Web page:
Skip to main content

New answers tagged

1 vote

The vertices of a triangle are three random points on a unit circle. The side lengths are, in random order, $a,b,c$. Show that $P(ab>c)=\frac12$

Here is an elementary proof using basic trigonometry for the more general formula $p(ab<rc)=\frac{2 \arctan(r)}{\pi}.$ Fixing one point on a circle of radius $r$ and placing the other two at angles ...
Ivan Meir's user avatar
  • 4,792
6 votes
Accepted

The vertices of a triangle are three random points on a unit circle. The side lengths are, in random order, $a,b,c$. Show that $P(ab>c)=\frac12$

One can use basic probability theory to prove that $$P(ab<kc)=\frac{2}{\pi}\arctan k,\qquad k>0.$$ Without loss of generality, the vertices opposite the sides $a,b,c$ are $$A=e^{2i\beta},\qquad ...
GH from MO's user avatar
  • 99.4k
5 votes

The vertices of a triangle are three random points on a unit circle. The side lengths are, in random order, $a,b,c$. Show that $P(ab>c)=\frac12$

A proof from pure geometry On a unit circle with centre $O$, draw parallel chords $PQ$ and $P'Q'$ such that $PQ'\perp P'Q$. Chord $MN$ is parallel to $PQ$ and passes through $R$, the intersection of $...
Dan's user avatar
  • 2,837
6 votes

The vertices of a triangle are three random points on a unit circle. The side lengths are, in random order, $a,b,c$. Show that $P(ab>c)=\frac12$

The following argument is less or more the same as that of Iosif Pinelis, but with less computations and the symmetry is rather explicit. It may be explained without complex numbers, but the ...
Fedor Petrov's user avatar
2 votes

The vertices of a triangle are three random points on a unit circle. The side lengths are, in random order, $a,b,c$. Show that $P(ab>c)=\frac12$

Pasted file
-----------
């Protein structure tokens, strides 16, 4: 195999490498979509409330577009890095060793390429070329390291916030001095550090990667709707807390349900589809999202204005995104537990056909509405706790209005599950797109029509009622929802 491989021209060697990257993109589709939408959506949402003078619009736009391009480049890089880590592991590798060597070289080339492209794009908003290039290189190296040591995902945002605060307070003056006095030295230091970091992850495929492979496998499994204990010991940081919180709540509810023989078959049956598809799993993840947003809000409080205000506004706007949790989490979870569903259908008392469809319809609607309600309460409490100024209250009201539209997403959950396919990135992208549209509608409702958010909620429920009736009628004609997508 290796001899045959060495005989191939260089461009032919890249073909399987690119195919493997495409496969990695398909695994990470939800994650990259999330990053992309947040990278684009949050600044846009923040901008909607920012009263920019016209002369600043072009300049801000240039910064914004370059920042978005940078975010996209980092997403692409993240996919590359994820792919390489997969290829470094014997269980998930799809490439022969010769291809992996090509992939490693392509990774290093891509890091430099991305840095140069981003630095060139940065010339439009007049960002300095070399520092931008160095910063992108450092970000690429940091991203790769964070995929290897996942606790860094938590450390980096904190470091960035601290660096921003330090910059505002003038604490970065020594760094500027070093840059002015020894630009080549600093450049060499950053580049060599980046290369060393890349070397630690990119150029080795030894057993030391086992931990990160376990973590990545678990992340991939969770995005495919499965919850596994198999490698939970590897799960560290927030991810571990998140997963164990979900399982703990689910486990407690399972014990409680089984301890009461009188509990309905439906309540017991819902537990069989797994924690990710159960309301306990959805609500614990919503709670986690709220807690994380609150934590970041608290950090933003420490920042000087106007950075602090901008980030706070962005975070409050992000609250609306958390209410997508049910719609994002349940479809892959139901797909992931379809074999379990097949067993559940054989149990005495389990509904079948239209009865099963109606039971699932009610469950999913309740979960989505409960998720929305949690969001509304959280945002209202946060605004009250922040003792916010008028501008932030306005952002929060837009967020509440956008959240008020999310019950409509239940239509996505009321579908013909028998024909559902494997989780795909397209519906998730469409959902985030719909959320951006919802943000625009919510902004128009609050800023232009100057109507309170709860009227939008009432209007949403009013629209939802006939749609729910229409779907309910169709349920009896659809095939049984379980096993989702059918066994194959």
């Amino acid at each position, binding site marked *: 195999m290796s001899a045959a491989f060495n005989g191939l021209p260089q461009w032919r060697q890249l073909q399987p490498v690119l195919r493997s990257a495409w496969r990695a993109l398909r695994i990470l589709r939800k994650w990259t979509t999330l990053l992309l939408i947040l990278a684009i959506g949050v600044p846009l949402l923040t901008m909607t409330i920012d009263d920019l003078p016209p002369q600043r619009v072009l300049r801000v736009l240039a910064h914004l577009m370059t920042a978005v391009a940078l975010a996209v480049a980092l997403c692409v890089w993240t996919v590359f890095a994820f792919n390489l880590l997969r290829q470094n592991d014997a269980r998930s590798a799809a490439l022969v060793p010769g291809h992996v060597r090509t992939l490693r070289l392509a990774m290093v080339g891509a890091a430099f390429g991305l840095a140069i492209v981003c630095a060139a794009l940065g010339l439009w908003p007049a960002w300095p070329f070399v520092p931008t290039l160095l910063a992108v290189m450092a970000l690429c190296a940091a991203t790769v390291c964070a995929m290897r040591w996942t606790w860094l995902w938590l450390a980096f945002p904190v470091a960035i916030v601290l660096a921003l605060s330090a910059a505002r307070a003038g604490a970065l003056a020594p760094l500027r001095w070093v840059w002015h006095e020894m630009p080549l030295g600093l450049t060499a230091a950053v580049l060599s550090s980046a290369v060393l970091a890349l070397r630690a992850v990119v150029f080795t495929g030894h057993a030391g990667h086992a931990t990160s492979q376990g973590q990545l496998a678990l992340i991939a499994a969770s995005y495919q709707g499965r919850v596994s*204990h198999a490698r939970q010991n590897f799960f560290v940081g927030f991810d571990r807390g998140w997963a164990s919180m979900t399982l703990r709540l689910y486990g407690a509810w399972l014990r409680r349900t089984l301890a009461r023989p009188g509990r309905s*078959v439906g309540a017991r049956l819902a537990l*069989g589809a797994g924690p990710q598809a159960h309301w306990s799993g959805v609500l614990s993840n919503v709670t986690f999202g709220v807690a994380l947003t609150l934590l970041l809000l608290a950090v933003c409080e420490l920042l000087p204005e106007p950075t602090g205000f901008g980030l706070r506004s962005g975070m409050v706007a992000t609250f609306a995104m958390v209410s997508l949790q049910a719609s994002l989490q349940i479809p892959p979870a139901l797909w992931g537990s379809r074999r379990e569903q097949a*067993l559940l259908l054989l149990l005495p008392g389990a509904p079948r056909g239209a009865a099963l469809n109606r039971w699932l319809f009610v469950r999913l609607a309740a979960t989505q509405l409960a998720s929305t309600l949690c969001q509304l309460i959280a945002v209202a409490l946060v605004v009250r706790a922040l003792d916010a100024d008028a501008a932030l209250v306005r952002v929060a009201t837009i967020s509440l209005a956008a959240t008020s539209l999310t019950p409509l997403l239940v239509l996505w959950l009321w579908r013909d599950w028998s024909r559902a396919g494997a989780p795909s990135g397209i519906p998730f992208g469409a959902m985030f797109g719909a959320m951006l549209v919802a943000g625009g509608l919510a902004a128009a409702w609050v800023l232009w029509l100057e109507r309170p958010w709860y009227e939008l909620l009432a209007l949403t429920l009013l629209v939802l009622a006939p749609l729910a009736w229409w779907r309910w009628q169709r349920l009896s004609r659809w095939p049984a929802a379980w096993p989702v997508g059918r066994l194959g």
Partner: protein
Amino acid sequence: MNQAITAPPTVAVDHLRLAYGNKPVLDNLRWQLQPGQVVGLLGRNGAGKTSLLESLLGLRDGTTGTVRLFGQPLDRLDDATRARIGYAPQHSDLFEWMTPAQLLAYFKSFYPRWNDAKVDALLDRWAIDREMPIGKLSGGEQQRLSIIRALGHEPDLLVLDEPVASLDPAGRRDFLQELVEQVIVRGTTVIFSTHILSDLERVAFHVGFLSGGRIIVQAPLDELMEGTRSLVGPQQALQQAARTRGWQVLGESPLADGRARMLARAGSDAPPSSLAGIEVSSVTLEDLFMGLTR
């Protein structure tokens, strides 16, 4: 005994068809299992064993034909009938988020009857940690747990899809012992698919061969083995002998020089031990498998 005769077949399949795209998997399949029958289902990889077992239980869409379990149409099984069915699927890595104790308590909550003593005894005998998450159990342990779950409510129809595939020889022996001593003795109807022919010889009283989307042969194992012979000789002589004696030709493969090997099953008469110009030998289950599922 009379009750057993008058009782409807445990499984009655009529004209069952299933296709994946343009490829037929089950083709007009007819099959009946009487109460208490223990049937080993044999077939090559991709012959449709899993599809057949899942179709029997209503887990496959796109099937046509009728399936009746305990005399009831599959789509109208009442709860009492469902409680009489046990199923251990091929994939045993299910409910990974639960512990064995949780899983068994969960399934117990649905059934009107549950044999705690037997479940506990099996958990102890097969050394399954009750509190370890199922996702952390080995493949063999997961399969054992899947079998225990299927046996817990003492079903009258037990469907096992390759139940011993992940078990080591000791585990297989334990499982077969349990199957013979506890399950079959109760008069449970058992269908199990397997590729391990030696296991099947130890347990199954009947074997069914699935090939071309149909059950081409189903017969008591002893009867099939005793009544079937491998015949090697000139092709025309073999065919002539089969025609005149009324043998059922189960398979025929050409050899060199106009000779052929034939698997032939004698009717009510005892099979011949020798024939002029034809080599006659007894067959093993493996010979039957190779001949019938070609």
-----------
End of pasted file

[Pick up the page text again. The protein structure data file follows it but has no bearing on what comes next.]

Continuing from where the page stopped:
Denoting the angles corresponding to edges of side lengths $a,b,c$ with $A,B,C$ respectively, by the sine law: $$\frac{a}{\sin A}=\frac{b}{\sin B}=\frac{c}{\sin C}=2.$$ Thus $c>ab$ amounts to $\sin(...
KhashF's user avatar
  • 2,857
0 votes

The vertices of a triangle are three random points on a unit circle. The side lengths are, in random order, $a,b,c$. Show that $P(ab>c)=\frac12$

We use the formula (from en.wikipedia.org/wiki/Circumcircle#Other_properties ): diameter = a * b * c / ( 2 * area ) In our case diameter = 2 and we get: 4 * area = a * b * c If h is the height of ...
Patrik's user avatar
  • 614
5 votes

The vertices of a triangle are three random points on a unit circle. The side lengths are, in random order, $a,b,c$. Show that $P(ab>c)=\frac12$

Without loss of generality, the three points on the unit circle are $1,e^{is},e^{it}$, where $s$ and $t$ are uniformly and independently distributed on the interval $[0,2\pi]$, so that $a=|e^{is}-1|$, ...
Iosif Pinelis's user avatar
0 votes

Random partition of an interval – Dirichlet distributed?

Suppose $1\le k_1\le k_2\le \cdots \le k_\ell \le N$ are integers. Then the probability distribution of the vector of lengths of $$ [0, X_{(k_1)}], [X_{(k_1}, X_{(k_2)}], \ldots, [X_{(k_\ell)}, 1] $$ ...
Michael Hardy's user avatar
1 vote

Random partition of an interval – Dirichlet distributed?

This follows from the properties of the Poisson process. Consider a Poisson process (say, of rate 1), and let its first $N+1$ points be $Y_1<Y_2<\dots<Y_{N+1}=:A$. Then $\xi_0:=Y_1$, $\xi_1:=...
van der Wolf's user avatar

Top 50 recent answers are included